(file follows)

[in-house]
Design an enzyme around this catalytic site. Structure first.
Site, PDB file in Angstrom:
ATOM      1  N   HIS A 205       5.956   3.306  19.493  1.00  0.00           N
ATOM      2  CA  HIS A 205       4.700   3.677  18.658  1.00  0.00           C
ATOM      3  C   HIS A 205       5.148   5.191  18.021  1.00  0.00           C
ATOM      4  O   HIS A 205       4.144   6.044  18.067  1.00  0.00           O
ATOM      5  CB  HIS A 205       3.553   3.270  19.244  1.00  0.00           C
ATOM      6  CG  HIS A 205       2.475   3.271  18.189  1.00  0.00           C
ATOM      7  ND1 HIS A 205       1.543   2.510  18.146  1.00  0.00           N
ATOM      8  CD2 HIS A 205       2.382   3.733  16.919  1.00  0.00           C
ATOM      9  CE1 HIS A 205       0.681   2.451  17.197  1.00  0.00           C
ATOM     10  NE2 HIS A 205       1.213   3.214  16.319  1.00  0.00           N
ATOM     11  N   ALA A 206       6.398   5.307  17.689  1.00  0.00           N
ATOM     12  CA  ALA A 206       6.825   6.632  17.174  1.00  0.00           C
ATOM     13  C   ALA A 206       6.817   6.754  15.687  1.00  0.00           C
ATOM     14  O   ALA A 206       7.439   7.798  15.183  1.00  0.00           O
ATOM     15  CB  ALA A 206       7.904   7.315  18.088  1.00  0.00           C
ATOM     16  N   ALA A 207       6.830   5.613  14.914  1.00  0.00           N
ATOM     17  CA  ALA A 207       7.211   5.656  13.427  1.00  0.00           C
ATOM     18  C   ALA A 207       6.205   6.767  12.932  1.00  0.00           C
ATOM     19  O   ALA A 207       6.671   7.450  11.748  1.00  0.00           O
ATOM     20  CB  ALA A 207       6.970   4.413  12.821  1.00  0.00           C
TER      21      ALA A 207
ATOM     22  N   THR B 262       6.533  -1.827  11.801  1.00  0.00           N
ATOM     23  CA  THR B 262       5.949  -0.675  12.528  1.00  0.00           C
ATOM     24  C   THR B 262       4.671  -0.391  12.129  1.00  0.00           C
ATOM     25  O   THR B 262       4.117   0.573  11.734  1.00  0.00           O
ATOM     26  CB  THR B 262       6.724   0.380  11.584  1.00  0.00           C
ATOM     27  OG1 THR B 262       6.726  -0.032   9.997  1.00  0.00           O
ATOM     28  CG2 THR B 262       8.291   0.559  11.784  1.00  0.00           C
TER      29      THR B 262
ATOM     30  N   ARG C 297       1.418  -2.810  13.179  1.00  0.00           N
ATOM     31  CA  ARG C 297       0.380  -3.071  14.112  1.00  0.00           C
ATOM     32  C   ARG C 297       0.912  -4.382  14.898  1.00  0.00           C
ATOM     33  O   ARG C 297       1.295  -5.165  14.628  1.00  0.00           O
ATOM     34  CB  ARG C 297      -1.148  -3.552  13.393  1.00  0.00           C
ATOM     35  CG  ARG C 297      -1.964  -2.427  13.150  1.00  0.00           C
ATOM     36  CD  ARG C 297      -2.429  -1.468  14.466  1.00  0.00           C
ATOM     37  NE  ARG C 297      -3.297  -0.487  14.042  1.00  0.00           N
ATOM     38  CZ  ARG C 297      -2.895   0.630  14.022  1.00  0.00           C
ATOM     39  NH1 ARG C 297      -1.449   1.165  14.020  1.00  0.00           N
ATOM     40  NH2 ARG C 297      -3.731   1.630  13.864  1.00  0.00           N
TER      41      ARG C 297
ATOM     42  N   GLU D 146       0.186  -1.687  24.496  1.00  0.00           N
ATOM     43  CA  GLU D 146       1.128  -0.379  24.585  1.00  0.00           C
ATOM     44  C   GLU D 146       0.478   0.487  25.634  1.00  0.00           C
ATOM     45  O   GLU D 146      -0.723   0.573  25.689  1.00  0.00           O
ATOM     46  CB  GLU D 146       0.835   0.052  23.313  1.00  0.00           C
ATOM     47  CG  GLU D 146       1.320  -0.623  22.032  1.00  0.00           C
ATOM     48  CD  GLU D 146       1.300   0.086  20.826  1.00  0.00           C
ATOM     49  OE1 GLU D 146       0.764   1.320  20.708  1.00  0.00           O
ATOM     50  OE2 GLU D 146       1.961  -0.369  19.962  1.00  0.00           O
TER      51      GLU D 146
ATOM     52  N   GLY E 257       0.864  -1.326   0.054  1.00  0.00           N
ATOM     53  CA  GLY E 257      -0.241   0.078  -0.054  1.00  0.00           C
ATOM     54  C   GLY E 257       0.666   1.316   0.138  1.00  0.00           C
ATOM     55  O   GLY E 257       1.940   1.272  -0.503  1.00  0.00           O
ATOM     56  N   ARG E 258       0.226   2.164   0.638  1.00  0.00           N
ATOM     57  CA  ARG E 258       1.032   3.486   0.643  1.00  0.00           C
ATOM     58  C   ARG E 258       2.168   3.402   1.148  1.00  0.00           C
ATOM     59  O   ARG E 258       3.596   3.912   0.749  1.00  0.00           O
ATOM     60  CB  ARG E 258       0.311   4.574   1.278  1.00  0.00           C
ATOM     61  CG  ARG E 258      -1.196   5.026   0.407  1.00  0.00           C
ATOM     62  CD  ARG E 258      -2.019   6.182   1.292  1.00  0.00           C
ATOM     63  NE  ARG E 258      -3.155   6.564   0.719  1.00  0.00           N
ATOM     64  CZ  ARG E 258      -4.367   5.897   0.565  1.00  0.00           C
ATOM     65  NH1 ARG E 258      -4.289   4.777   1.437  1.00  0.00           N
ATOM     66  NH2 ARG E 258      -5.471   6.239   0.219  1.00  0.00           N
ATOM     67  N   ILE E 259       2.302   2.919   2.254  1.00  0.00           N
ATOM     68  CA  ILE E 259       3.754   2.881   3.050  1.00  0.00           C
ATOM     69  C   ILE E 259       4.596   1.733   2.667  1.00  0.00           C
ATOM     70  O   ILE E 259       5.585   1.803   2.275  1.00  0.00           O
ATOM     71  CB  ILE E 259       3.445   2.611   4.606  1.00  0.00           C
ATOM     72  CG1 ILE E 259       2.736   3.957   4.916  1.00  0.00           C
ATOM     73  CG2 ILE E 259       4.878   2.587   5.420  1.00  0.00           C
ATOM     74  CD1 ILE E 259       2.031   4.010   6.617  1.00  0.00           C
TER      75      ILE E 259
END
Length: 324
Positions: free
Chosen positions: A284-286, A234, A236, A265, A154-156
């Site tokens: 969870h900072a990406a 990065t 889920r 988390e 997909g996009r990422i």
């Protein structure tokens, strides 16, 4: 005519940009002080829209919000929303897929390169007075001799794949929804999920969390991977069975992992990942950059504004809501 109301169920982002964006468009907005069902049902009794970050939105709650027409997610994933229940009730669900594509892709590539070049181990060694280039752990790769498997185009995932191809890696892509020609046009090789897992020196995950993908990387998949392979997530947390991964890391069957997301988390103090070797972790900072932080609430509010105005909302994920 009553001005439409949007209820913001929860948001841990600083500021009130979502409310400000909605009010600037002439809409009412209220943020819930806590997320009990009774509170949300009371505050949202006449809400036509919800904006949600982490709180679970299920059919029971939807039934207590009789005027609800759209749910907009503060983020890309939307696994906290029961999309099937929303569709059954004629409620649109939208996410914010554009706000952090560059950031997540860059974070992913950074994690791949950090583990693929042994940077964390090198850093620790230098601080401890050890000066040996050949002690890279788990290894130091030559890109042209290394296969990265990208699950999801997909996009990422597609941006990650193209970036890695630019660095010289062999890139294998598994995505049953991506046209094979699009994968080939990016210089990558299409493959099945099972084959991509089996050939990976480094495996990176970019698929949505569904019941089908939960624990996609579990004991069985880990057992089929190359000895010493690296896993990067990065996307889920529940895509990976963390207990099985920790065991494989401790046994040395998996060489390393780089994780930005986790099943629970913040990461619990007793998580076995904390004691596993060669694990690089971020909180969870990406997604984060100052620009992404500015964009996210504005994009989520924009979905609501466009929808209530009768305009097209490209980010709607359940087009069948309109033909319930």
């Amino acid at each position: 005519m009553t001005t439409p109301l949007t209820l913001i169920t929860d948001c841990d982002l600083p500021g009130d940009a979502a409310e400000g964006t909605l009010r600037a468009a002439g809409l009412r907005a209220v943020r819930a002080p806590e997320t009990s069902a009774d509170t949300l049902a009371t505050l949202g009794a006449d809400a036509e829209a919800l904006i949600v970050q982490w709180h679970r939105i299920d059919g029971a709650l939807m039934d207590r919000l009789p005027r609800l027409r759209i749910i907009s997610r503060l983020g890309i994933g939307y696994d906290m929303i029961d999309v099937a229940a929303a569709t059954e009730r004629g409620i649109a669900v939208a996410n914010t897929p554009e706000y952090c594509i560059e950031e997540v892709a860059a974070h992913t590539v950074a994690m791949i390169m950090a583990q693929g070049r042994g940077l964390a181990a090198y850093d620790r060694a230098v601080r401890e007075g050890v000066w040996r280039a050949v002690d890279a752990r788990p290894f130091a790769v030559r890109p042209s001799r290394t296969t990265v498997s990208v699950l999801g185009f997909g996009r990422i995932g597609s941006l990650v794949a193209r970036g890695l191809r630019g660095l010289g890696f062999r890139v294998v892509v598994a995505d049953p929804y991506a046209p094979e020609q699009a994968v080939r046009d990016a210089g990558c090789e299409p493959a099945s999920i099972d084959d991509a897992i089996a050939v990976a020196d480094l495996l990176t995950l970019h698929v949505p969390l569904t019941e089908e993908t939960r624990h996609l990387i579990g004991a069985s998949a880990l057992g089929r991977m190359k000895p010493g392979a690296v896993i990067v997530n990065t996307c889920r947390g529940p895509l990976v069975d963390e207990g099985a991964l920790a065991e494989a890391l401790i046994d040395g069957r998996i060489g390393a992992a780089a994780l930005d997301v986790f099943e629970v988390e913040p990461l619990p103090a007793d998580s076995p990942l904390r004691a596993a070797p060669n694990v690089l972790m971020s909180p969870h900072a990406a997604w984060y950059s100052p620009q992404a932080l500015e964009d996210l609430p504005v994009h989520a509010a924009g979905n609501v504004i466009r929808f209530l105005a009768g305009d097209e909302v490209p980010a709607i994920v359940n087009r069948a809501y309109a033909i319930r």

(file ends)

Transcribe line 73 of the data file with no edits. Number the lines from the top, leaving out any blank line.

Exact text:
ATOM     70  O   ILE E 259       5.585   1.803   2.275  1.00  0.00           O